Figure 7.4: FDI inflows 2021 and 2020 ($bn)

UNCTAD, World Investment Report, 2022


Sources of UK FDI stock

The UK’s stock of FDI of £1,929 billion in 2020 came mainly from the UK’s top trading partners – the EU (39% of total) and the US (25%). The EU was the largest source at £743 billion, followed by the US with £479 billion (Table 7.1).Within the EU, the main investors in the UK are Netherlands (10%), Belgium (7%), Luxembourg (6%), Germany (6%), France (4%) and Spain (3%).

The UK’s offshore islands are the source of a further 9%. Switzerland (5%) and Japan (5%) are also important investors.

The UK’s stock of inward FDI stood at 83% of GDP in 2021 (source: OECD).


Table 7.1: UK inward FDI stock by region/country – 2020

 Source: ONS, Inward foreign direct investment (FDI) involving UK companies: 2020 (Directional principle), February 2022


Inward UK FDI stock by industry sector

Foreign investors have invested the most in the UK’s financial service sector (Table 7.2) which, like many sectors, benefited from UK membership of the EU single market. In 2020, this sector accounted for £588 billion (30% of total) of FDI stock. A further 12% was accounted for by professional services (£228 billion) and 8% by information and communication services (£148 billion), with 9% (£169 billion) from other services.

Table 7.2: Inward FDI stock by sector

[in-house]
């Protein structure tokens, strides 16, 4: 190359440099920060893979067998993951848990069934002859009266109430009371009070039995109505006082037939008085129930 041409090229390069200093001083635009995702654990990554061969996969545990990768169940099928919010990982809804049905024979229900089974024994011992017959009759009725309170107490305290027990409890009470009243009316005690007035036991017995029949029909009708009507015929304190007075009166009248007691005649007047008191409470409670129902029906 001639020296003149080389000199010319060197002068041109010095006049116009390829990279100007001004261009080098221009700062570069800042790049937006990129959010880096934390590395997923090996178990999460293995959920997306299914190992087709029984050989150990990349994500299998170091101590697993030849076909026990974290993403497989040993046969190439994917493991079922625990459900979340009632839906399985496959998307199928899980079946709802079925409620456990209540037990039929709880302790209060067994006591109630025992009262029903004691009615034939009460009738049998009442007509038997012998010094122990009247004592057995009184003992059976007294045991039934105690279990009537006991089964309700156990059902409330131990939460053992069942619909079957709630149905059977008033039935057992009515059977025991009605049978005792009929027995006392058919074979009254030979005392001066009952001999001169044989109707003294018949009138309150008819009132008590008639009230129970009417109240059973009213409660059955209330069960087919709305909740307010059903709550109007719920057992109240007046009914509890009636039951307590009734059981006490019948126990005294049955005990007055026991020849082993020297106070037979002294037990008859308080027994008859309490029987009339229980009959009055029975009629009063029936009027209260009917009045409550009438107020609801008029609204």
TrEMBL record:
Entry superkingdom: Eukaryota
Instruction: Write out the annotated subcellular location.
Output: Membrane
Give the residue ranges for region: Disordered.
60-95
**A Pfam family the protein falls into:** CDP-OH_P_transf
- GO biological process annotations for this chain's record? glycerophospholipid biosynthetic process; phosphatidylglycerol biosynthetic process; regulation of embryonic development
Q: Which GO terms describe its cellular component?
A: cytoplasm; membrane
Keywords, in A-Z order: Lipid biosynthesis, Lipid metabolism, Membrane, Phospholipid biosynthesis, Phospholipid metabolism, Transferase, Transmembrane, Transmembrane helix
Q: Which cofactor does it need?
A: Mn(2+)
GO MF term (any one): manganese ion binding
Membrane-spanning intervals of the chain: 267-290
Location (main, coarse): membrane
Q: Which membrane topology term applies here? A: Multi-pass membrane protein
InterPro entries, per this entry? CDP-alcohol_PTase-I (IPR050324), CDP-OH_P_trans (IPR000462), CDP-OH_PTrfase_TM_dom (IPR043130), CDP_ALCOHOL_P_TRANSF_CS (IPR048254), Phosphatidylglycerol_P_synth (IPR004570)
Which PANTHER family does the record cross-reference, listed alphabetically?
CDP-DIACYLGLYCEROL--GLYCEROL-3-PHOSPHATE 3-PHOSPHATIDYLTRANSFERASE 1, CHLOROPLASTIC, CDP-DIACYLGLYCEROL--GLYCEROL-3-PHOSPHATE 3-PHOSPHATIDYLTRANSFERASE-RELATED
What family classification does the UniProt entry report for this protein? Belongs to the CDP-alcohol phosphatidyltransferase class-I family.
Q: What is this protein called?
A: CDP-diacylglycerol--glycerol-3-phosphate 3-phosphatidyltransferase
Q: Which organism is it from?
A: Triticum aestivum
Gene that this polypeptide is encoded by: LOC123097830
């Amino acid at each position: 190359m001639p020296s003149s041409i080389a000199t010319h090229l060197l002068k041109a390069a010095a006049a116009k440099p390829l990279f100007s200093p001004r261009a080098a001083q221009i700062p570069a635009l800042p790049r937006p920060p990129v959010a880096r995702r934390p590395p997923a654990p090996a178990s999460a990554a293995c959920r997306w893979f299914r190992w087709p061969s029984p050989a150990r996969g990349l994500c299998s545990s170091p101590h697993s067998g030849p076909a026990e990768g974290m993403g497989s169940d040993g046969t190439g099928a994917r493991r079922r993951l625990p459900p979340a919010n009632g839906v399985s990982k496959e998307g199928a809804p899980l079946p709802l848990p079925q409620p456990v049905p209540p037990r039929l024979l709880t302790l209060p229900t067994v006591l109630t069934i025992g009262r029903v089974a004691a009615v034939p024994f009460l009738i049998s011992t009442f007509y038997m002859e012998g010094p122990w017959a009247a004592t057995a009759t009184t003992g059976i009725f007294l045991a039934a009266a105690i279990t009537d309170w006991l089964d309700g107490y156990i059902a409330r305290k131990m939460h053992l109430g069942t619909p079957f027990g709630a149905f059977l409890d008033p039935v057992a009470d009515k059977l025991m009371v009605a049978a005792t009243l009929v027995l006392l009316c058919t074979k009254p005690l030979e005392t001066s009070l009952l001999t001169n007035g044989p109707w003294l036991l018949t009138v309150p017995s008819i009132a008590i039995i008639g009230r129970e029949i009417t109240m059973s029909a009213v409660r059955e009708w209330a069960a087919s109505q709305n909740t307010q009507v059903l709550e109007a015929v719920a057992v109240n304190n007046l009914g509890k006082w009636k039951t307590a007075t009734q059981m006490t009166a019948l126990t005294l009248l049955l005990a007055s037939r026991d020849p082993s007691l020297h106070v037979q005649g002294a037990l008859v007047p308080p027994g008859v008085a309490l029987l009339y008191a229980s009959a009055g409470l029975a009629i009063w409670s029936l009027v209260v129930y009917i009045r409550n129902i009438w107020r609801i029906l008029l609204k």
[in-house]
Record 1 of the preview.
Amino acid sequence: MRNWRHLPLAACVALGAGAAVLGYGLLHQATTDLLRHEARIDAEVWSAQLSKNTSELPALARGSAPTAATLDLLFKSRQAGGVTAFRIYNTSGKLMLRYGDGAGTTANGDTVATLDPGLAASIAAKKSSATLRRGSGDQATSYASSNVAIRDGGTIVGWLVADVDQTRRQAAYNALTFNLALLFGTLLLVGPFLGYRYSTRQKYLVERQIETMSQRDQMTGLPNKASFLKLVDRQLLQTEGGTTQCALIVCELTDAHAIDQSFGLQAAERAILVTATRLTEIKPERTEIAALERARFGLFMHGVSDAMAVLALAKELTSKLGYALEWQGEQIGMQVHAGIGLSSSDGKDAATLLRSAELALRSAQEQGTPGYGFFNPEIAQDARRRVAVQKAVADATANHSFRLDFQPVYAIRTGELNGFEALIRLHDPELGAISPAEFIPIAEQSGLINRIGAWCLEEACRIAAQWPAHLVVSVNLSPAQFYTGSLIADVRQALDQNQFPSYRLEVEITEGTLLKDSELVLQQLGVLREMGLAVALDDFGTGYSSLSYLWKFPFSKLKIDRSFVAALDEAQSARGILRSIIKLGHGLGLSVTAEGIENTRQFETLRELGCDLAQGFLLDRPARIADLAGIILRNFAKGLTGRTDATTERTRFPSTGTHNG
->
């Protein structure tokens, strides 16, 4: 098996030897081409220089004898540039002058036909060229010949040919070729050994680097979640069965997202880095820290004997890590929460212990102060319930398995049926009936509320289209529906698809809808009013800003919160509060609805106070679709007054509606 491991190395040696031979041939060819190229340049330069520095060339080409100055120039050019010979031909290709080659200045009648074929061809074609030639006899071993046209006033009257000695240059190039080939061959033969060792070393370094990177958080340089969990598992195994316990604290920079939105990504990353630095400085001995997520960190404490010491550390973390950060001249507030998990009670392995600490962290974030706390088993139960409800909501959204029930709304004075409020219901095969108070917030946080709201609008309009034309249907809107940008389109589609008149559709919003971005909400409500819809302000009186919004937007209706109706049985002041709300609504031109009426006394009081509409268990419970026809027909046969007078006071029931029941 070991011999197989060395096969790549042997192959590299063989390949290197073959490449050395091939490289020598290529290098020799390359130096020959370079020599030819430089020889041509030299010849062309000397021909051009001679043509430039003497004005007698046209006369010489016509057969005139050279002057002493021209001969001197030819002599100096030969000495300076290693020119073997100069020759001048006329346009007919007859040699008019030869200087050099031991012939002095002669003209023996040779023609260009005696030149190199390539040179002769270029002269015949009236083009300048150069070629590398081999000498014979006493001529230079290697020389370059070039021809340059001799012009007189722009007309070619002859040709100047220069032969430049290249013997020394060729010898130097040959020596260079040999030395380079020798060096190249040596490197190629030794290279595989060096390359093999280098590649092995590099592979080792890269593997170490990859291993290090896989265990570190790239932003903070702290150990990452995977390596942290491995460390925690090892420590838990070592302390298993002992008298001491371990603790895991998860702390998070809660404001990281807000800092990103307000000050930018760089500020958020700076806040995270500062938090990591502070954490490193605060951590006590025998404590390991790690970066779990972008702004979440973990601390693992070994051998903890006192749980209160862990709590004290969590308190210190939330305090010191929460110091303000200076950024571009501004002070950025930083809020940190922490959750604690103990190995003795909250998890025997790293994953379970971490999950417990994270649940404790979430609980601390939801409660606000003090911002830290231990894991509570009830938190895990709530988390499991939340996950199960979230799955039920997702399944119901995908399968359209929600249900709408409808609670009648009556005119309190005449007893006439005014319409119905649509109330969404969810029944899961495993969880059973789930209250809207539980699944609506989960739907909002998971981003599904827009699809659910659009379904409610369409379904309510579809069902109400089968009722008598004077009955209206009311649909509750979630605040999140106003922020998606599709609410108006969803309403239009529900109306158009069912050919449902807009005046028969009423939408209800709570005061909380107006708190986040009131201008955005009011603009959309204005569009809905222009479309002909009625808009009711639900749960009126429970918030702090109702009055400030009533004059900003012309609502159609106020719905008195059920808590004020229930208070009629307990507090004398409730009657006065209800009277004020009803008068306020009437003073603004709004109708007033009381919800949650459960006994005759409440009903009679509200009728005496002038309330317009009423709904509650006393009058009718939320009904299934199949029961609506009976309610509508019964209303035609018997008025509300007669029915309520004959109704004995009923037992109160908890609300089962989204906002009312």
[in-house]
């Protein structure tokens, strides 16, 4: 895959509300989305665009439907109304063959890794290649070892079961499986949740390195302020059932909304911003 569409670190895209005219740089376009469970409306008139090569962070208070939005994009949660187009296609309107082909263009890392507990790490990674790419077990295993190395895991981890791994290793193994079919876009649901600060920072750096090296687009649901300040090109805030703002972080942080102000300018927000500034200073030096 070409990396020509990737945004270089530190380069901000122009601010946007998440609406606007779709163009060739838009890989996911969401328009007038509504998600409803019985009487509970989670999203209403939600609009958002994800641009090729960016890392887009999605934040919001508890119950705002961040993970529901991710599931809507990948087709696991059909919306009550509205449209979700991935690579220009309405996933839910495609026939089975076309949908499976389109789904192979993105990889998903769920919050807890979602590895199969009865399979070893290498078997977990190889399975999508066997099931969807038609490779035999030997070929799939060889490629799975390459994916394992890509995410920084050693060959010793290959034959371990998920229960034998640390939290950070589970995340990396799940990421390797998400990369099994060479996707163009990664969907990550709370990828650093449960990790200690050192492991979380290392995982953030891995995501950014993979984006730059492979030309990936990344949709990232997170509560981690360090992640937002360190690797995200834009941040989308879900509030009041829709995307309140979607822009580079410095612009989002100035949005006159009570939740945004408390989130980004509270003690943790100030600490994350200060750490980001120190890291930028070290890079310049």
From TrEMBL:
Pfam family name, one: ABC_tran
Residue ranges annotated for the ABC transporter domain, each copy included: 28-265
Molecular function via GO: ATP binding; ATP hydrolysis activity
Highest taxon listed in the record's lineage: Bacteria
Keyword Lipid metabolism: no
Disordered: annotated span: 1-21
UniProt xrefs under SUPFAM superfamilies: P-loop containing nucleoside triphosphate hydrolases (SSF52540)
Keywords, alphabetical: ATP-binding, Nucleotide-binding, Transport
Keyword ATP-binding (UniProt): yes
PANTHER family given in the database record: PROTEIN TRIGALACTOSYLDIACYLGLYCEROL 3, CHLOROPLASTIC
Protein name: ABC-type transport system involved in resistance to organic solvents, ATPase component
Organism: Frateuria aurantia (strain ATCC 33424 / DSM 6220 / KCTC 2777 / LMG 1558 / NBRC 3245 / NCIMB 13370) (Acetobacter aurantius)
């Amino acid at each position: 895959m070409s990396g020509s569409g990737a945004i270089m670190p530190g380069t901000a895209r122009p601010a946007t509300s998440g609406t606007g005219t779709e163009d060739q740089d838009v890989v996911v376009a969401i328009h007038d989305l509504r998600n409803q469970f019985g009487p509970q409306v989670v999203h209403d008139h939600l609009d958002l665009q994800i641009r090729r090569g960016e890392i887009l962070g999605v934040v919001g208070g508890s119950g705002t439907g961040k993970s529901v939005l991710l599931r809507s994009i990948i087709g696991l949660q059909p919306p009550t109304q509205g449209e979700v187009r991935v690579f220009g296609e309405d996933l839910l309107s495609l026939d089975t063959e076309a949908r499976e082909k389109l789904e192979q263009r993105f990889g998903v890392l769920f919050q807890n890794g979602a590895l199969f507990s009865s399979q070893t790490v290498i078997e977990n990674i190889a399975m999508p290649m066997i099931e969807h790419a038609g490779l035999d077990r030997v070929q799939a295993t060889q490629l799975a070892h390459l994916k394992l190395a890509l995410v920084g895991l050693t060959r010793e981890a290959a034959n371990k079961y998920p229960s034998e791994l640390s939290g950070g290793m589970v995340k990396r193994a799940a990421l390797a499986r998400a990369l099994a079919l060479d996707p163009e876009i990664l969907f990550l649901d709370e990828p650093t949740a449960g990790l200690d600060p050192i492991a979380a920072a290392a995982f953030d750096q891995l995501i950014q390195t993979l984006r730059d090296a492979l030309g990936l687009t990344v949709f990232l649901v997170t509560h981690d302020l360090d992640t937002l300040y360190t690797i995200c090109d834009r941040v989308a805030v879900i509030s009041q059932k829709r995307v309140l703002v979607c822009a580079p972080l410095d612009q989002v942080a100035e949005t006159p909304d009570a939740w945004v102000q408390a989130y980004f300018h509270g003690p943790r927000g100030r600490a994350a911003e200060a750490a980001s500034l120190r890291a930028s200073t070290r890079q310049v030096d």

Source: ONS, Inward foreign direct investment (FDI) involving UK companies: 2020 (Directional principle), February 2022


Brexit impact on FDI

Inward UK FDI trends

Brexit and the associated uncertainty have delayed investment decisions and reduced annual domestic business investment. The same applies to FDI.

The value of net FDI flows into the UK was £20 billion in 2021, the fifth successive year of decline since 2016 – see Figure 7.5. Note that 2016 was a record year at £192 billion due to a few high-value mergers and acquisitions. (The figure for 2021 is a FactBase estimate, derived from the OECD figure, as ONS figures for 2021 are not yet fully published.)

The UK was on a par with Belgium and Sweden for FDI inflows in 2021.

Figure 7.5: Trend in net FDI inflows to the UK 2011-2021

EY assessed 2021 inward FDI by looking at numbers of projects (as opposed to their value) and, despite the UK lagging Europe, was optimistic about investors’ future plans:

  • Inward investments into the UK rose by 1.8% in 2021 to 993 projects, regaining some lost ground after a 12% fall in 2020.
  • The stronger growth in projects across Europe — at 5.4% — meant the UK’s European market share slipped to 16.9% — its second lowest in 10 years.